Writing your life story is a wonderful legacy to leave your family and friends. Our lives are full of interesting people, relationships and events, so how do you begin to write about these experiences? Here are some useful tips that I’d like to share.
Talk with relatives and friends about your life. Look through photos together. Read diaries and letters, listen to music and visit old haunts to jog your memory. Jot down notes and headings about the things you wish to write about.
Keep a notebook by your bedside and when you are out and about so you don’t forget new thoughts and ideas.
Start with describing an event or experience you remember well – your wedding day, a special birthday, a trip abroad. Once you have a few pages written, you will feel more confident about keeping going.
You don’t have to start with the beginning of your life or write chronologically, just start anywhere. And don’t be a perfectionist. Just get the words down first and worry about grammar and punctuation later.
When do you feel at your most creative? Are you a morning bird or a night owl? Where is the best place to write? Try and keep to a routine that suits you.
Is your story for your children, grandchildren, relatives or friends? Make it speak to them, and keep them in mind as you tell your story.
Write from your own point of view. It is your story and your take on life, and this is what will make it so unique and personal. Use your own words and expressions so readers recognise your character and personality through the telling of your story.
Evoke as much detail as you can - what was the weather like, what did you wear, what did you eat, how did you feel? Include snippets of conversation, even if they are not a hundred per cent accurate. Add touches of humour. Have you captured the nub of the story?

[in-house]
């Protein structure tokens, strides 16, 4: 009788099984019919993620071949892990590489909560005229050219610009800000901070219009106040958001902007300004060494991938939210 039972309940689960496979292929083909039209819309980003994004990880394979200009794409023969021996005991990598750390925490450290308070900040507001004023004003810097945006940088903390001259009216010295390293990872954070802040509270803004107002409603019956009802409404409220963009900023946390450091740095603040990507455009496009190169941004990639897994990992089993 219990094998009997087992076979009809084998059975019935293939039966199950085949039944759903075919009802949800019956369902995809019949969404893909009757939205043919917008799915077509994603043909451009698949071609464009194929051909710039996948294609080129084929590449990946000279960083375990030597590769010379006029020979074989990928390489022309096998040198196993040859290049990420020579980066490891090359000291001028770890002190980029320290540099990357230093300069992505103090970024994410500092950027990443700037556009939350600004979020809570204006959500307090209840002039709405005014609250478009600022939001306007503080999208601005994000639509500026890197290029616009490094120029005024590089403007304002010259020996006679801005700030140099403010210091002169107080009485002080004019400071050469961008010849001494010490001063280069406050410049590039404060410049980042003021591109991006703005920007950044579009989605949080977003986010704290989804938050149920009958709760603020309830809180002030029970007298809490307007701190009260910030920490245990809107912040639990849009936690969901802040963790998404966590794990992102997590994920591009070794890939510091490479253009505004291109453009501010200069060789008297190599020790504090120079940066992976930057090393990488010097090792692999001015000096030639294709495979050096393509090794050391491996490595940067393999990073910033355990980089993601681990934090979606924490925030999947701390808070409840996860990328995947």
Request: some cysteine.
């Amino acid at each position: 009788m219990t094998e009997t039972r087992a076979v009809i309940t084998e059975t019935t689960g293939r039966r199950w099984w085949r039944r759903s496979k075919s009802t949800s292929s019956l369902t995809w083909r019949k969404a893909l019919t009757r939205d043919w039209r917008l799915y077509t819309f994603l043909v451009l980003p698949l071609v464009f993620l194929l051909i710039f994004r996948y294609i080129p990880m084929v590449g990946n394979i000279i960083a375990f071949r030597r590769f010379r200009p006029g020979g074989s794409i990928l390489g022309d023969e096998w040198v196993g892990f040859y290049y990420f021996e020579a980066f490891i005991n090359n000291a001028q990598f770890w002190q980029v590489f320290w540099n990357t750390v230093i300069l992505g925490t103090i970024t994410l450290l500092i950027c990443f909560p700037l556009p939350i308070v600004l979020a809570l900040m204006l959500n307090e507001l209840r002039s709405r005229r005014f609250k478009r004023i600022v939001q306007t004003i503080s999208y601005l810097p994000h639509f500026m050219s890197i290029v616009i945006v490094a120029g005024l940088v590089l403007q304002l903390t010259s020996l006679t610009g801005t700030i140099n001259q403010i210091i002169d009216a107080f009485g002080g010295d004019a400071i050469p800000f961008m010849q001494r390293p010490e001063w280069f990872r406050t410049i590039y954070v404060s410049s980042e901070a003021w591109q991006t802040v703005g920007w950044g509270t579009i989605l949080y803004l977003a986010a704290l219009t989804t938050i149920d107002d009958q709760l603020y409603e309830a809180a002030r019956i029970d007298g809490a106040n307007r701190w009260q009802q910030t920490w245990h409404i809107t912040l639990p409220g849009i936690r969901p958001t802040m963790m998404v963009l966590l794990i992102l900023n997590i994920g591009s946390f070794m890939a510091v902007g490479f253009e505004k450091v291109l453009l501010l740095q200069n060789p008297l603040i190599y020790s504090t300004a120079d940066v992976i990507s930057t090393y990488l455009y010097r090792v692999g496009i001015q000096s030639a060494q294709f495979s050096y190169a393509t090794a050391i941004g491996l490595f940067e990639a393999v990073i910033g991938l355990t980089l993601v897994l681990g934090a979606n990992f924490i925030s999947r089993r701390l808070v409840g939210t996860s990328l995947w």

Write about things that your readers will want to know about – the fashions and music of the day, food, pastimes and hobbies, how much things cost ...
Don’t try to write about everything that has happened in your life. Maybe focus on a few important episodes in your life, or even just one significant event or experience. You don’t have to write about painful or difficult experiences. Write about things you want your reader to know about and leave out the rest.
Let thoughts and memories mull. Be prepared to put your story to one side for a while, then come back to it and make changes.
Do you have a trusted friend or relative who can read your story and give you feedback? It’s always useful to have someone look at what you have written with fresh eyes. What do they think? Does your story flow? Have you captured the most important aspect of each event?
Get someone who’s good with words to proofread your story and correct your grammar and punctuation. Finally, divide your story into chapters with suitable headings and complete your project with a great story title.
Now that you have written your story, you may be looking to turn your manuscript into a professional book with favourite photographs and a specially designed front cover. Find out about my editing services.